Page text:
I refuse to publish canned emails--I have received them on other topics, many of them generated by the same software ACS uses--for a number of reasons. The people represented in this letters column are readers of the Spectacle--people who bothered to spend some time here. By responding to something they read, they are acting as members of a community of Spectacle readers. People who click the "send" button on someone else's site have either never been here, or even if they have, are unaware which publications they are contacting when they press the convenient button. No relationship, no community, equals no publication here of their letters.
Secondly, I will not publish these emails because they are not original work. The people sending them are parroting the words of someone unknown to me with a hidden agenda. Though I was able to identify the puppet-master in this case as the American Cancer Society, whose goals I share (I lost my father, my aunt, and two close friends to cancer and expect to go that way myself), I still refuse to publish letters which were secretly written by someone other than the person who sent them to me.
Finally, this is spam. It is very irritating to delete two hundred mails a day. My spam filter will not catch it, because the mail appears to come from each individual and does not meet the criteria for commercial spam. It would be sad indeed if I had to tweak the filter to look for phrases like "cancer research".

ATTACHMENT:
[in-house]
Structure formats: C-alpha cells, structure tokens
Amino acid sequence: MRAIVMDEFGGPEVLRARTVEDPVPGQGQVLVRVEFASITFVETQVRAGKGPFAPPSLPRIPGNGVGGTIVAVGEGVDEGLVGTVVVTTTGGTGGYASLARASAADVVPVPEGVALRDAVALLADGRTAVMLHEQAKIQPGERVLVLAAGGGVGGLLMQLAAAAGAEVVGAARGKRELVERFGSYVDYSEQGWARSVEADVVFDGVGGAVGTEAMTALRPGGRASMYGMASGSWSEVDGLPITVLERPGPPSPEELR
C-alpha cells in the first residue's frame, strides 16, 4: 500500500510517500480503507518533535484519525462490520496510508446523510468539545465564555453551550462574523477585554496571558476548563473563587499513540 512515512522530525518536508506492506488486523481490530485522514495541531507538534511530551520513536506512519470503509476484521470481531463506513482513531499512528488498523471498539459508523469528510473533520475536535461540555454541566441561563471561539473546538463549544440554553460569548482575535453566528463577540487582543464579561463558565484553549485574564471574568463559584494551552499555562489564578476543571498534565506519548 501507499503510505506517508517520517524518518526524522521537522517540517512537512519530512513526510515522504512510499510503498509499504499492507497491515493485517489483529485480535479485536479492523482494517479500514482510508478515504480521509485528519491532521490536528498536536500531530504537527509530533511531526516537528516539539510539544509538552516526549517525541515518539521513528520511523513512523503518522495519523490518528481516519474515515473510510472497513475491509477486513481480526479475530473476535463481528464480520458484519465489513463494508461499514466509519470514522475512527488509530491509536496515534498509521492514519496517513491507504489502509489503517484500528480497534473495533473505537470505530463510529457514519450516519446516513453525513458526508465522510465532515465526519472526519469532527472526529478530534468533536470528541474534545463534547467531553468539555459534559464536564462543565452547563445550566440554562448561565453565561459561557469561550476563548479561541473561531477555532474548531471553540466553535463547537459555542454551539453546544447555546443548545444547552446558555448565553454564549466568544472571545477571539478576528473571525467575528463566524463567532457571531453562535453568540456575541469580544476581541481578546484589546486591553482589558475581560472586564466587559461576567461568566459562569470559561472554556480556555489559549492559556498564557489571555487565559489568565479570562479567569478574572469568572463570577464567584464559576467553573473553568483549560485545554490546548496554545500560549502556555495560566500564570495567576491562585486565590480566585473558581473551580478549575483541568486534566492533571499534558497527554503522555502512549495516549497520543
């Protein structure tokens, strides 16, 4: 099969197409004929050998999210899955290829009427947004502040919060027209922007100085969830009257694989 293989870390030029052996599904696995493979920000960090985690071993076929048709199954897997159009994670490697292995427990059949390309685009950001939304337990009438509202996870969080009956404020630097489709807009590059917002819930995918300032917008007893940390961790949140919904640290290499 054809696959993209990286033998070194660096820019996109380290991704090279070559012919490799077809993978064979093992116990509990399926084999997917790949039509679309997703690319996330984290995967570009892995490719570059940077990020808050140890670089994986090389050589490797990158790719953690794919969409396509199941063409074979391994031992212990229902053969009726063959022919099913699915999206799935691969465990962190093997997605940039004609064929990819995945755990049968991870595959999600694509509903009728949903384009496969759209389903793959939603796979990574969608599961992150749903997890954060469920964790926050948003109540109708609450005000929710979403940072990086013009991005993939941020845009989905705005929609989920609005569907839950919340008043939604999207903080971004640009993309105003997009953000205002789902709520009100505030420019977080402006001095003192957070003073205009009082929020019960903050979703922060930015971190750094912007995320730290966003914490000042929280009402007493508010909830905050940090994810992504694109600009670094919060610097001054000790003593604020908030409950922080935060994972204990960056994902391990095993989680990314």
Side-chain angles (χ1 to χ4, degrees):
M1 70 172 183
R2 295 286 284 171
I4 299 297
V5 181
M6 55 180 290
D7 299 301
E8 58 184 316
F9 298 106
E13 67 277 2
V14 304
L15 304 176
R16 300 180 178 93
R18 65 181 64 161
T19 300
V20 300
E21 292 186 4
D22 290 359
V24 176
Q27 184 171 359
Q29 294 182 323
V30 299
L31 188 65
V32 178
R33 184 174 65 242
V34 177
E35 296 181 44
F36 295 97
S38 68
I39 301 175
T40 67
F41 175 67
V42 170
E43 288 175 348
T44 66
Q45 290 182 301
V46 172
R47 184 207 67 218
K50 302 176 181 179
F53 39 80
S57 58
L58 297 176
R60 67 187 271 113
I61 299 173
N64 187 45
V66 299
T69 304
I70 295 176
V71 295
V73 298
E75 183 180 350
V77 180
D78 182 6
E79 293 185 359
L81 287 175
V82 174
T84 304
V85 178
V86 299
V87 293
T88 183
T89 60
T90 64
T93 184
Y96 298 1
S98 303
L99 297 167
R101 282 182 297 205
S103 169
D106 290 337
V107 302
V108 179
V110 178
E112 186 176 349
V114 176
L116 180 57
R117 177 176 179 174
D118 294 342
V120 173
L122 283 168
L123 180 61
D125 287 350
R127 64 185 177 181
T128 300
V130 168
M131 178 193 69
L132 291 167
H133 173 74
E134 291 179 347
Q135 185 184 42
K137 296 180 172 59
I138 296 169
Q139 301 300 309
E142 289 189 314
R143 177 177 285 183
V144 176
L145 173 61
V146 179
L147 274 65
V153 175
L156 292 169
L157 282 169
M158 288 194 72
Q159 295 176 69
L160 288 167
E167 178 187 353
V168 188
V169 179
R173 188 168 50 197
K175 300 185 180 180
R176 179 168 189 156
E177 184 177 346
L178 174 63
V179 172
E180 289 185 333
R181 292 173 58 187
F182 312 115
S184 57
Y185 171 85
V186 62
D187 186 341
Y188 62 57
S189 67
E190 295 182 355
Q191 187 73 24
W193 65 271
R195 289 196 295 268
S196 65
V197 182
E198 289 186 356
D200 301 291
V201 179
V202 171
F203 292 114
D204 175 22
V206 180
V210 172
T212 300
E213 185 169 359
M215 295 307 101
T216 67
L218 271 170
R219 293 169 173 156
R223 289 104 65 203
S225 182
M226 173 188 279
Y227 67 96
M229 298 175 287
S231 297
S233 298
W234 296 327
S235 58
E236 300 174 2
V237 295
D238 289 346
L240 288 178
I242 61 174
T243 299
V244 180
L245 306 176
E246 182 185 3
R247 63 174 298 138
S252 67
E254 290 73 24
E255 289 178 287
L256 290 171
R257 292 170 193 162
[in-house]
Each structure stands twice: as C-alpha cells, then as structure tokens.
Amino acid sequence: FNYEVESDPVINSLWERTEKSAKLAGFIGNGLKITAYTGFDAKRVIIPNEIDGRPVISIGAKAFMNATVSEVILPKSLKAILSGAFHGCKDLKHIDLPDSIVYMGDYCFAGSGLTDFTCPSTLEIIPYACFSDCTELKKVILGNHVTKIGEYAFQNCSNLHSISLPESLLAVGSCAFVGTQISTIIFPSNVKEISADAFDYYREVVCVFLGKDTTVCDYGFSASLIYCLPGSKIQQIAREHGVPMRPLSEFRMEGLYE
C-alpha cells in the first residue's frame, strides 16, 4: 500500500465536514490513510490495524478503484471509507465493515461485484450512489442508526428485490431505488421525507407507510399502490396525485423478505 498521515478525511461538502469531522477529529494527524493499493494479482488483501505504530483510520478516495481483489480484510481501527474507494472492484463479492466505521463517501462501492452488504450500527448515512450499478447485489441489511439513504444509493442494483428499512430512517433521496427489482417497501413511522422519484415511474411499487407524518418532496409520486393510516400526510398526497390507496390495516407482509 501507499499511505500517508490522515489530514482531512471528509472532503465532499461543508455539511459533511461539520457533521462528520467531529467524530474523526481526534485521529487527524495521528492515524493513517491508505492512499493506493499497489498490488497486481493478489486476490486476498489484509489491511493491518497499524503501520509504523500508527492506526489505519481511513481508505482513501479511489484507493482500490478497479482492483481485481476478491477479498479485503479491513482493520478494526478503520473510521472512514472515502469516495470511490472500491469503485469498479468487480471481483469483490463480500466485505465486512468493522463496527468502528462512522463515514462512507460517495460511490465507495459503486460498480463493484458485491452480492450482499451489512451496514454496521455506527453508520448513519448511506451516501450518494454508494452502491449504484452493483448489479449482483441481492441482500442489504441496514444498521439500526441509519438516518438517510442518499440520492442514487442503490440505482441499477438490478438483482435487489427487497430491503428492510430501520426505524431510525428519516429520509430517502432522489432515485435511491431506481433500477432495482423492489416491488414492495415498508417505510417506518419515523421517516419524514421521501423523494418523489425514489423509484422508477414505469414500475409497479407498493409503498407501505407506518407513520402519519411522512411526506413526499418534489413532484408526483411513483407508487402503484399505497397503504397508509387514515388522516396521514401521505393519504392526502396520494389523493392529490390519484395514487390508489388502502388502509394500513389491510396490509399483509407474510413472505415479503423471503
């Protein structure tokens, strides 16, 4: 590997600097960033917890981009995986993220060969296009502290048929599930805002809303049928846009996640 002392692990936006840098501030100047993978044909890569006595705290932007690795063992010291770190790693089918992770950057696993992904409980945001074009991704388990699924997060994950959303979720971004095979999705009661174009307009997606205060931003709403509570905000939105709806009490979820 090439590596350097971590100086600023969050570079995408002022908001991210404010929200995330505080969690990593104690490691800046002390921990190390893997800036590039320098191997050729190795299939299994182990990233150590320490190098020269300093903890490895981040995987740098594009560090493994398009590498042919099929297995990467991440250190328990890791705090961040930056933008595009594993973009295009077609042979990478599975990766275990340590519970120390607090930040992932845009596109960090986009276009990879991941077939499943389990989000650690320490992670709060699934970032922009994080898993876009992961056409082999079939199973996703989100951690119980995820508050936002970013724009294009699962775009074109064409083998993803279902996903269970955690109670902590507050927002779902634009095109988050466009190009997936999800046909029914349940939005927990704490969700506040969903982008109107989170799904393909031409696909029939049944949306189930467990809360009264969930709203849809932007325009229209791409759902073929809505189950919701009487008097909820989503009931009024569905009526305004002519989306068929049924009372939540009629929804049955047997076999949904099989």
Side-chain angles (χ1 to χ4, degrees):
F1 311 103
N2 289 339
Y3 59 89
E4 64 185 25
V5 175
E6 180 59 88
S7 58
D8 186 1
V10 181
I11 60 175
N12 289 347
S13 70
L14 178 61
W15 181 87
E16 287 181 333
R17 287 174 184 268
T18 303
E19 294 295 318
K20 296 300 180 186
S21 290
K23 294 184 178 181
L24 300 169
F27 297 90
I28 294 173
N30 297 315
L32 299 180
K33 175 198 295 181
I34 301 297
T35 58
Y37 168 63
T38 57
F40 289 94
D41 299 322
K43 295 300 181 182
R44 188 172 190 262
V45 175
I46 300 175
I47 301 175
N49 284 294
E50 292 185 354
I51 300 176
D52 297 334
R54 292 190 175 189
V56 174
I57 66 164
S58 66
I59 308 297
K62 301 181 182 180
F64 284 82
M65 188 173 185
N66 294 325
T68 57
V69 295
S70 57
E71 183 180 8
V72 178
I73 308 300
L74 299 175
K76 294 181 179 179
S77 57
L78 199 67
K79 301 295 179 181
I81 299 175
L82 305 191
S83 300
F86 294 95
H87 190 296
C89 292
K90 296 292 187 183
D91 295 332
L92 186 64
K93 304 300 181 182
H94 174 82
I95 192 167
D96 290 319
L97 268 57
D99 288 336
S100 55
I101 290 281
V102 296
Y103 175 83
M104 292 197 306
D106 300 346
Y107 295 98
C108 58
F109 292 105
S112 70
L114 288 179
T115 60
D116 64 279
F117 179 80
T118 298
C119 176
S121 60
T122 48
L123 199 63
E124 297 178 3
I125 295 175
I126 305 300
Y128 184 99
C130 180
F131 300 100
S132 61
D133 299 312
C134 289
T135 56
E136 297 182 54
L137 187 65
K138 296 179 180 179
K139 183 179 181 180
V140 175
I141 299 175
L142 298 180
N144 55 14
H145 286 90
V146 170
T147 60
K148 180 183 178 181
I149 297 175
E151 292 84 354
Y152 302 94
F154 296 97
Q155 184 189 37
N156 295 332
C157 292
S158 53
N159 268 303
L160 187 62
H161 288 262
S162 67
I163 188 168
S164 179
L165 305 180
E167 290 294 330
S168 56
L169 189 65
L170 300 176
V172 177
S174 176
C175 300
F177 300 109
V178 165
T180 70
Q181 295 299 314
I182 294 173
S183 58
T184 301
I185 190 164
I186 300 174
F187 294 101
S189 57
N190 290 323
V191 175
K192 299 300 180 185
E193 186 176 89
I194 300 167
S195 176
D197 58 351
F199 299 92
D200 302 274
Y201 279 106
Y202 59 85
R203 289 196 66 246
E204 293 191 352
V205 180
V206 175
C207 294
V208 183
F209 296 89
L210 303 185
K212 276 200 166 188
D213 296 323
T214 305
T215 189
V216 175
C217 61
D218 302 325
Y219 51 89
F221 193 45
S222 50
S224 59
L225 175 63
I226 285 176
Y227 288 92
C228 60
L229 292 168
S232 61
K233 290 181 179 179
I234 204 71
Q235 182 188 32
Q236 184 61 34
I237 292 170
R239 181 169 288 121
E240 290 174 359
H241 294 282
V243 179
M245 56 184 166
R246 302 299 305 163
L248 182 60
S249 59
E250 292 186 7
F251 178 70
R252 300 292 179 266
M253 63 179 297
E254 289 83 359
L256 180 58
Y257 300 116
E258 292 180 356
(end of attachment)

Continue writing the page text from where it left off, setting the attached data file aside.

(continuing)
I formerly had tremendous respect for ACS. I think the organization made a very bad choice, perhaps driven by ignorance, when it chose to run this spam software on its site.
Jonathan Wallace firstname.lastname@example.org
Sandra Larson email@example.com
I liked your article on Homosexuality being a choice - it was very interesting. I'm a sort-of "out" bisexual, but I'm not quite sure whether that's my choice or not. I certainly can chose whether or not to act on it; and for a while, I chose to deny it. I agree that it doesn't really matter whether or not it IS a choice - the big question is, why do so many people have such a problem with something so harmless?
I just read both your articles in the Spectacle about Anne Rice, of whom I am a lukewarm fan. Isn't the pathos of the whole situation of being a vampire enough of a counter-weight to what they do? I mean their trapped in this situation of having to do these awful things to survive, doomed to never move among normal society.
The scene near the end where Brad Pitt as Louis is watching this montage of scenes from all these movies with spectacular sunrises, from Superman to Gone with the Wind as a tear rolls down his cheek since he will never be able to see a real sunrise again was extraordinarily poignant and heart-breaking. The presence of this scene in the movie alone, I think, absolves it from your charge of pornography. Interesting paper.